By Tim Hunt
Projecting 20 years ahead in these daysUploaded: Nov 10, 2020
Jeff Bellisario of the Bay Area Economic Institute had it right last month when he started off a workshop on future Tri-Valley workforce needs by observing that “the project is projecting 20 years out at a time when it’s nearly impossible to project 20 days out.”
Bellisario heads the institute that is working with the Innovation Tri-Valley Leadership Council to develop a vision for 2040 for the Tri-Valley. The virtual workshop featured three panels—employers, educators and five local graduates now enrolled in universities.
One telling feature of the college student panels was the importance they placed on working experiences they had had when in high school. For two, it was through the Regional Occupation Program, while Arman Kermanizadeh, now at the Haas School of Business at Cal, it was through an internship program. He cited the soft skills he learned through that as critical in helping him land a summer internship at Amazon Web Services.
Armaan Sengupta, now at Harvard although his classes this semester are at the MIT Sloan School of Management, cited his customer-facing work experience at Chipotle and Chick-fil-A with establishing life skills like hard work, team work, the value of money and time management. He came through the highly regarded engineering academy at Dublin High, but also noted how valuable it was to take four years of Spanish to broaden his communication skills.
Nicole Zhang, a junior at Harvard, cited her opportunities to collaborate with other students at Amador Valley, both as part of a class and then outside the classroom, as preparing her well for college. She did note that one thing that should be taught is how to write effective emails.
The employer panel included Beth McCormick, an engineer from Lawrence Livermore National Laboratory, who now is the director of strategic workforce development at the lab. One of her suggestions to the educators was to integrate programming into all academic programs because database management is going to be part of most jobs.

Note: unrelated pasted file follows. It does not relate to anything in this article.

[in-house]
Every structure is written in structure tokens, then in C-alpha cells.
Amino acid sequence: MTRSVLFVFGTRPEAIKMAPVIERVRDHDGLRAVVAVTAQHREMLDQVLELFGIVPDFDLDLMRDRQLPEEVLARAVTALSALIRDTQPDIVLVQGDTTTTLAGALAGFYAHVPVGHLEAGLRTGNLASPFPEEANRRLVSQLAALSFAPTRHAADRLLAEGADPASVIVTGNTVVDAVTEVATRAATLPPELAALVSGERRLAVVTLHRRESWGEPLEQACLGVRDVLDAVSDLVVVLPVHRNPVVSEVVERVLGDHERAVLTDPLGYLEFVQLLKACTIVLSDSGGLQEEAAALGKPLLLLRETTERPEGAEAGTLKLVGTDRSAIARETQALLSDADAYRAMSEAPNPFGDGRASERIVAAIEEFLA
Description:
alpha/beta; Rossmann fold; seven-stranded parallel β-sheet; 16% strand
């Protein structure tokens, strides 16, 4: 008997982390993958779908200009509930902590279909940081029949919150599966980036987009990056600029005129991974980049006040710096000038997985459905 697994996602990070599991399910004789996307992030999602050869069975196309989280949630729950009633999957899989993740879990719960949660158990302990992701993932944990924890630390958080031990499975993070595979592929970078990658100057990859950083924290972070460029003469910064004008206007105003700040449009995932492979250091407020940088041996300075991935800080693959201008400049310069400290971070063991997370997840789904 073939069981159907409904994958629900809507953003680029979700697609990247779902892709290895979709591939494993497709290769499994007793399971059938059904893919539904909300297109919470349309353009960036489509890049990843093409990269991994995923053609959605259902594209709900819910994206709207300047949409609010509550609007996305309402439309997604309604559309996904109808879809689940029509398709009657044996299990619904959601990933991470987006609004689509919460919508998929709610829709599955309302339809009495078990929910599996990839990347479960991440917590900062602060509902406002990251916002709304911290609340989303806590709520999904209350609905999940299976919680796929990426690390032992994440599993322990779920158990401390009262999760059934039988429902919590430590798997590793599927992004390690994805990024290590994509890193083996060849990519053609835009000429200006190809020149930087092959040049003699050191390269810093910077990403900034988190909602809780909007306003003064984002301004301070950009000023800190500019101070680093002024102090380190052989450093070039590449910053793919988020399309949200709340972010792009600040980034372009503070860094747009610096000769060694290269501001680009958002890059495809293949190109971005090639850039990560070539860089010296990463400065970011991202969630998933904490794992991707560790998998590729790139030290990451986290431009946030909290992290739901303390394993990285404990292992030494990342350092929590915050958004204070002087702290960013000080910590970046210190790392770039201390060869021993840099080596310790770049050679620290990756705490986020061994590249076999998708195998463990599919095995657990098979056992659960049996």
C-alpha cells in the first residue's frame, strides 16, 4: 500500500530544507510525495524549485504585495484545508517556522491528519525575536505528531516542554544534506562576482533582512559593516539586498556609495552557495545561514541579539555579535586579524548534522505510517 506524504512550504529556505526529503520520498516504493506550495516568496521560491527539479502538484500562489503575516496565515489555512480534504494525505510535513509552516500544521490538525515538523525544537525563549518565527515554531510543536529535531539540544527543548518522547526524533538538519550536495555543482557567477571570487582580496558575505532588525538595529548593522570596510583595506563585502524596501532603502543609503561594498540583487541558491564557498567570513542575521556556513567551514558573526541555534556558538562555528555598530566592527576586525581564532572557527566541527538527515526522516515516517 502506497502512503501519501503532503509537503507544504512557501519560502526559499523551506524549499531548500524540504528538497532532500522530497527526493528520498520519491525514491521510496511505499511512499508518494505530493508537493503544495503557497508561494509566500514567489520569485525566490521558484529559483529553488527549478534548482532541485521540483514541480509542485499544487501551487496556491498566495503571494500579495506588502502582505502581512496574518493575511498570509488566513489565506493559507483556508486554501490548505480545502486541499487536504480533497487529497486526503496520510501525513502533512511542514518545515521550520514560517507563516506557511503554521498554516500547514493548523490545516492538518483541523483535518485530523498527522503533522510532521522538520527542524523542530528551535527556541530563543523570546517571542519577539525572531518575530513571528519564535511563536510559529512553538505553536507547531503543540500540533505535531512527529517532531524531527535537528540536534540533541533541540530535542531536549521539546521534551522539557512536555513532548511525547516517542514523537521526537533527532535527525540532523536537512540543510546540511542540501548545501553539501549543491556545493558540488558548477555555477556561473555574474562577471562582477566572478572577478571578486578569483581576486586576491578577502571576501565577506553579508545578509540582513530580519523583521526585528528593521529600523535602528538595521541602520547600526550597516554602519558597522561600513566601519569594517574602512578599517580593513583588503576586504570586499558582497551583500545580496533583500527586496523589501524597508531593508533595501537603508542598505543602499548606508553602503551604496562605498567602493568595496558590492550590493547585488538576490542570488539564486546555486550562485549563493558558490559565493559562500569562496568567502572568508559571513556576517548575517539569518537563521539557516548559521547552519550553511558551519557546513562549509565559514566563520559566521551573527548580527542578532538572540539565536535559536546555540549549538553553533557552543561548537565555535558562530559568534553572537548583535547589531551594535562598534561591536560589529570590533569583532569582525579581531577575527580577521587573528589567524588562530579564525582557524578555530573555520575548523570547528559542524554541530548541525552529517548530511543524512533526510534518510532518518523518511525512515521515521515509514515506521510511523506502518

Grant Weinberg, a native of South Africa who came to the valley to run human resources for Dublin-based Trinet, said he was launching a program using artificial intelligence to mask the identity of the person applying for a job so recruiters would evaluate it without injecting the bias of name into it.
Jyoti Sarin, leader of public engineering worldwide for Amazon Web Services, has lived in the valley for the last 12 years and raised her kids here. Her suggestion is that the automation trend is going to continue and accelerate. What she will be looking for is workers who are creators who can think and innovate. Big data will play a major role in that.
Julie Duncan, who heads up the Tri-Valley Regional Occupation Program, noted that they had received a grant to increase the connection with business so students can have work-based experiences. For their annual college and job fair, they went virtual and it allowed many more students to access the experience by taking it from one night to three. Going virtual also eliminated transportation challenges.
The workshop is part of a series of virtual events the institute has held to gather information. Innovation Tri-Valley would like your opinion on education, transportation and other issues before Nov. 14. You can visit the website and fill out a variety of short surveys to share your thoughts. www.innovationtrivalley.org